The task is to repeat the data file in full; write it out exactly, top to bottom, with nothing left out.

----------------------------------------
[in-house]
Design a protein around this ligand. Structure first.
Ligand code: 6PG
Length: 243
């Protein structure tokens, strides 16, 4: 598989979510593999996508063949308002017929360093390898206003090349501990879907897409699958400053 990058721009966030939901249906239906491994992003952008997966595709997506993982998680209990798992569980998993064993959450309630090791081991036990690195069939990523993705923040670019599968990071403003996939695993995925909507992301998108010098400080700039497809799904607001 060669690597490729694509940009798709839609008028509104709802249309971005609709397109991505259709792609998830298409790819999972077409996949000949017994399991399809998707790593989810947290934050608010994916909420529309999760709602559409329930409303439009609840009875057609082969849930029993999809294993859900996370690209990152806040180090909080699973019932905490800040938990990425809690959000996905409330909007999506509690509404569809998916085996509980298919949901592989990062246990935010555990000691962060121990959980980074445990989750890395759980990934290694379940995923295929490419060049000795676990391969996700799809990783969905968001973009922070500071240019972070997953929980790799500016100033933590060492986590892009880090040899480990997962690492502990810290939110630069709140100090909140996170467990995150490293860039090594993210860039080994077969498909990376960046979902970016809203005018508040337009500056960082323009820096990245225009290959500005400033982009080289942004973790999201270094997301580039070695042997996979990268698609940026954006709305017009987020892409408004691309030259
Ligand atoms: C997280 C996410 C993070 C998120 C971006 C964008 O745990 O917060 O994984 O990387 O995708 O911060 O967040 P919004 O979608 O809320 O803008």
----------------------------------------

[in-house]
Design a protein around this ligand. Structure first.
Ligand code: 6PG
Length: 243
């Protein structure tokens, strides 16, 4: 598989979510593999996508063949308002017929360093390898206003090349501990879907897409699958400053 990058721009966030939901249906239906491994992003952008997966595709997506993982998680209990798992569980998993064993959450309630090791081991036990690195069939990523993705923040670019599968990071403003996939695993995925909507992301998108010098400080700039497809799904607001 060669690597490729694509940009798709839609008028509104709802249309971005609709397109991505259709792609998830298409790819999972077409996949000949017994399991399809998707790593989810947290934050608010994916909420529309999760709602559409329930409303439009609840009875057609082969849930029993999809294993859900996370690209990152806040180090909080699973019932905490800040938990990425809690959000996905409330909007999506509690509404569809998916085996509980298919949901592989990062246990935010555990000691962060121990959980980074445990989750890395759980990934290694379940995923295929490419060049000795676990391969996700799809990783969905968001973009922070500071240019972070997953929980790799500016100033933590060492986590892009880090040899480990997962690492502990810290939110630069709140100090909140996170467990995150490293860039090594993210860039080994077969498909990376960046979902970016809203005018508040337009500056960082323009820096990245225009290959500005400033982009080289942004973790999201270094997301580039070695042997996979990268698609940026954006709305017009987020892409408004691309030259
Ligand atoms: C997280 C996410 C993070 C998120 C971006 C964008 O745990 O917060 O994984 O990387 O995708 O911060 O967040 P919004 O979608 O809320 O803008």